writing in order to write

When I was a boy, maybe 8 or 9 or 10 or so, I came home from school one day and headed right to the typewriter. Hopped up on the chair and curled my feet under me so I could be high enough to see the paper. Started right in typing a story.
Apparently I was so excited about writing this story that I didn’t even bother to stop by the fridge and pick up an apple. Maybe I was working on that novel about my crush on Mary Lueck.
I have my Aunt Lucille to thank for this image. She told me about it yesterday as we were chatting on the phone. I don’t remember it at all, but Aunt Lucille assured me it really happened. I’m glad to know that. It tells me how far back my passion for writing goes. Although I remember writing many hours on that old Underwood, Aunt Lucille captured my eagerness for the game to which I later devoted my career.
I suppose that’s why I’m writing at this very moment. Many people would rather be fishing, crunching numbers at the stock exchange or working on their science text like the Grand Valley students nearby in this campus coffeeshop. Most of my GVSU Life Journey students can’t stand writing. I love it. Why? Who’s to say? It gives me pleasure. I find it interesting. It makes me feel useful. Add whatever you like here.
It also prompts me to notice things. Or maybe I write because I notice things. For instance, the guy I just ran into who is sort of an acquaintance. I said hello and he said hi back, looking at my pocket. I asked him if he was teaching here. No, I work here all the time, 9 to 5 every day, he said, looking at my pocket. Are you teaching communications? he asked, looking at my pocket. No, Life Journey, I said, looking at his eyes. He drifted off with his Starbucks without a word.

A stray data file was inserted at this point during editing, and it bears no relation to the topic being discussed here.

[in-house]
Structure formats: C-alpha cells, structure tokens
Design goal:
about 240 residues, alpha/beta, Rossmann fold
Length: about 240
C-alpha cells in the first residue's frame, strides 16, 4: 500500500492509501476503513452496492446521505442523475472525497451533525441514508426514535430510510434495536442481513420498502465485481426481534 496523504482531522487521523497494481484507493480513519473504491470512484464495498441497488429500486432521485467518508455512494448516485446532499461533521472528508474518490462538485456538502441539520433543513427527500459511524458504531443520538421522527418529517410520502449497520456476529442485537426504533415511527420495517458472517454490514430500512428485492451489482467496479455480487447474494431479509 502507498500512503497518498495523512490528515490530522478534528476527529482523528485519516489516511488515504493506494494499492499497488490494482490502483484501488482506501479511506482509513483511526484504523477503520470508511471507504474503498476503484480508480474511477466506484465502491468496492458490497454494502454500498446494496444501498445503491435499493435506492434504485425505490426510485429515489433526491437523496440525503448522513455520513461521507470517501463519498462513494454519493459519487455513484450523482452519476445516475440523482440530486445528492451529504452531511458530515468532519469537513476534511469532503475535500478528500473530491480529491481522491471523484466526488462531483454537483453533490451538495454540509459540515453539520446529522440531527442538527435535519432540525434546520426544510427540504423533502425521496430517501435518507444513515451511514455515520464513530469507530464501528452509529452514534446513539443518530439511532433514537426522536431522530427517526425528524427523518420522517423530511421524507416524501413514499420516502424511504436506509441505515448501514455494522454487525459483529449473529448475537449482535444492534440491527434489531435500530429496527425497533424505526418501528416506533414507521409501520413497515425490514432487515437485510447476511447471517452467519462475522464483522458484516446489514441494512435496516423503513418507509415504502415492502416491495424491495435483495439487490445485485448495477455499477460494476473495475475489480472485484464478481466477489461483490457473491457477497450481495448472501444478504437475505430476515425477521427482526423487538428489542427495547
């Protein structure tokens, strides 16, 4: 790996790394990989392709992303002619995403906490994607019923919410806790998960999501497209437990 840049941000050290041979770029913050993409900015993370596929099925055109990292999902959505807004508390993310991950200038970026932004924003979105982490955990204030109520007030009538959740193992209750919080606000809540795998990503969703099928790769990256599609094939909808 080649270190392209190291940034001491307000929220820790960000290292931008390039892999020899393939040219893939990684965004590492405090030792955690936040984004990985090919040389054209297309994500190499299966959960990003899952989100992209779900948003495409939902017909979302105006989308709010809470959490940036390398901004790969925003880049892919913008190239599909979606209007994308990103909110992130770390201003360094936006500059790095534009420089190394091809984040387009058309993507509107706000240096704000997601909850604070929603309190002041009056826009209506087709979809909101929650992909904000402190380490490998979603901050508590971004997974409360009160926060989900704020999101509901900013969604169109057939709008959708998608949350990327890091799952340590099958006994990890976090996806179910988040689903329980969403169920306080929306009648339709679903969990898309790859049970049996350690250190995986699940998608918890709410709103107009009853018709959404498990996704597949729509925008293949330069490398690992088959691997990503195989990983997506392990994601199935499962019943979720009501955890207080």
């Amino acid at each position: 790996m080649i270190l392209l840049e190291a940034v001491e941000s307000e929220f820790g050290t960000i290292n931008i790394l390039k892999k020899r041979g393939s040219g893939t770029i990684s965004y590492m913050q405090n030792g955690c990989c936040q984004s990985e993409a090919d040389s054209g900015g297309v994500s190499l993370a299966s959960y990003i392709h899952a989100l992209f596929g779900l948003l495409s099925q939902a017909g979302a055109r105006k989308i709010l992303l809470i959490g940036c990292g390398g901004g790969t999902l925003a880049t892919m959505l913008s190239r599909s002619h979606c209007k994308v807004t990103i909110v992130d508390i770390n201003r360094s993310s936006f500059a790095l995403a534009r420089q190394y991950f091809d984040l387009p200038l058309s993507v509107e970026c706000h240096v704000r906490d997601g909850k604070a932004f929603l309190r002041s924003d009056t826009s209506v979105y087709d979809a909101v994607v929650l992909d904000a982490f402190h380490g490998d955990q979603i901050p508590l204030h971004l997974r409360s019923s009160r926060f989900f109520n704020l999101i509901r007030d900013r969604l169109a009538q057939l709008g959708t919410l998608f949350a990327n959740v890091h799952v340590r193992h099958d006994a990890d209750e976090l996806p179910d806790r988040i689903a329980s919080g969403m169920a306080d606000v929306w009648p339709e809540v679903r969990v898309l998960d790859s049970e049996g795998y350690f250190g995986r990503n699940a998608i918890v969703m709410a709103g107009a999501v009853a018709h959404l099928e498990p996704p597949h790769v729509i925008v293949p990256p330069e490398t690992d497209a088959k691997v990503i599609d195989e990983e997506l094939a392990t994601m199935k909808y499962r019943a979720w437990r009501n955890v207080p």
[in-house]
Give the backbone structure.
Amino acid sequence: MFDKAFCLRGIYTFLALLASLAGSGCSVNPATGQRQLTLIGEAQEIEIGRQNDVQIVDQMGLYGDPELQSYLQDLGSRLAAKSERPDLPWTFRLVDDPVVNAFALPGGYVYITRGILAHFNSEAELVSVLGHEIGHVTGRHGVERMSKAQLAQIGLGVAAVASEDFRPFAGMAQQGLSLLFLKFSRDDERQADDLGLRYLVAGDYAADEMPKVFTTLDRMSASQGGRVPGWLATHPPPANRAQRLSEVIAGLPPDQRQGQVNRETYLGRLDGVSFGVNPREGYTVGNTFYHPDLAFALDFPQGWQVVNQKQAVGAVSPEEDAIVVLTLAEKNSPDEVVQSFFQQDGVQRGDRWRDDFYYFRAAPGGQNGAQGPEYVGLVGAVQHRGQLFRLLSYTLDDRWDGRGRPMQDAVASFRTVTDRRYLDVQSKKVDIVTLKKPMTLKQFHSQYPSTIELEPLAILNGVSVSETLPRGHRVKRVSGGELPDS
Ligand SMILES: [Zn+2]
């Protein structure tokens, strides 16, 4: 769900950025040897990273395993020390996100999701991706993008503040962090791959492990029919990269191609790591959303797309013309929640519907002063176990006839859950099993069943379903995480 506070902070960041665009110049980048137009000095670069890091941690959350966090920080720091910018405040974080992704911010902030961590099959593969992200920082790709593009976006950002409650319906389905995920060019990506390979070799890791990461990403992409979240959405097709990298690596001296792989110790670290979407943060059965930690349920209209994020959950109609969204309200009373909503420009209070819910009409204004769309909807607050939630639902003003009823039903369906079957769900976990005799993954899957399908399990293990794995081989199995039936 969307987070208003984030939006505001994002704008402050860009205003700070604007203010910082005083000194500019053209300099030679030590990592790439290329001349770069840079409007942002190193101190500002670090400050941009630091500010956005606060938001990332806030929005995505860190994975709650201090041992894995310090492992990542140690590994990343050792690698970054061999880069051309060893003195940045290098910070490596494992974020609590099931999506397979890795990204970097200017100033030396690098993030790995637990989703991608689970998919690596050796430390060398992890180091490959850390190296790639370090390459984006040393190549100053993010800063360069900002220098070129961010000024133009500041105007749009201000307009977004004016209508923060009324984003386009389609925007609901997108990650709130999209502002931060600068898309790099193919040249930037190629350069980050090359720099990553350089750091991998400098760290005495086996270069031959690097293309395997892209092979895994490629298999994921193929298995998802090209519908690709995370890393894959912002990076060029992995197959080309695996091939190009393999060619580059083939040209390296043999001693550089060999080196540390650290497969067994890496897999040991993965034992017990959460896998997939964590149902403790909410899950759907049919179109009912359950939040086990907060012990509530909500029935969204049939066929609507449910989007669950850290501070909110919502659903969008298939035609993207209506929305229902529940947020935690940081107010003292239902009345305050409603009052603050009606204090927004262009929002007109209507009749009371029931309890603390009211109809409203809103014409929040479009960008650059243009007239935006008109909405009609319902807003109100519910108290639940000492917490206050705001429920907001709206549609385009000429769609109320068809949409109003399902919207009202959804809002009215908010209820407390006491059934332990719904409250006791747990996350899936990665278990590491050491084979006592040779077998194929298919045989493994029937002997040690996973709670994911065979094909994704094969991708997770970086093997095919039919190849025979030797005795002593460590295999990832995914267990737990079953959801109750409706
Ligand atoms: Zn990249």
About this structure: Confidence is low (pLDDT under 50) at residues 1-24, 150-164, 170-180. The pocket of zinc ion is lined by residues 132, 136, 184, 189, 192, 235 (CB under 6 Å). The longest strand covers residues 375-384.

Now why did he not look at me directly? I wonder. Is it because he is shy, or because he is fascinated with the white Papermate pen in my pocket, or does have a bit of an issue with me? The last one occurred to me first, of course, me being overly insecure about what others think of me, what I may have done or wrong, etc. It’s a drag to be this way, by the way. Friends of mine go through life never seeming to worry about any of that. I envy them, which is another way of thinking less of myself. During trivia games, I lack the self-confidence to pipe up with the first thing that pops into my mind. I fear being wrong and looking really stupid. But about half the time, it’s the right answer.
Anyway, back to the writing. Did I just write about that encounter with the eyes-on-my-pocket guy because I find it interesting, or just to have something to write about? Or did I notice it to a degree that I feel merits writing about because I am by nature a writer? Why is it that I feel most of the things I write about are worth writing about? Why do I write this, right now, with the confidence that anyone in the world will find it worth reading?
This seems to me an arrogance on the part of those who write. We believe what we write is worth someone else’s time to read. It’s the arrogance of the singer-songwriter sitting alone on stage in a noisy bar. Hey, listen to me! I have something to say! Something you should hear! Why aren’t you listening?
When he was a boy, Jeff Beck made a guitar out of a hunk of wood and some wire. He strapped it to his back and rode around on his bicycle like that. It was just something he wanted to do, without even thinking why. Maybe he had to do it. Maybe Hank Greenberg had to go to the sandlot every day all summer long and swing the bat about 100 times. Maybe some people have it in them to do certain things, and they don’t have much of a choice about it.
Maybe I had to hop up on the chair after school and start banging away on the Underwood. Maybe it was in my nature. Maybe God made me that way. Created me to be a writer, so I could create stories for others to read.
If so, I gladly accept God’s will. I’d much rather be writing than working in the stock exchange. Especially these days.

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4 Responses to writing in order to write

  1. metaforehead says:

    You AREan arrogant mothe*****er! I’v ealways said that.

  2. Charles Honey says:

    You don’t know how much that means to me, metaforehead.

  3. marye flowers says:

    Charles, I enjoyed the river-flow of thought you created. Plan to send it to a friend who writes poetry in Cleveland!

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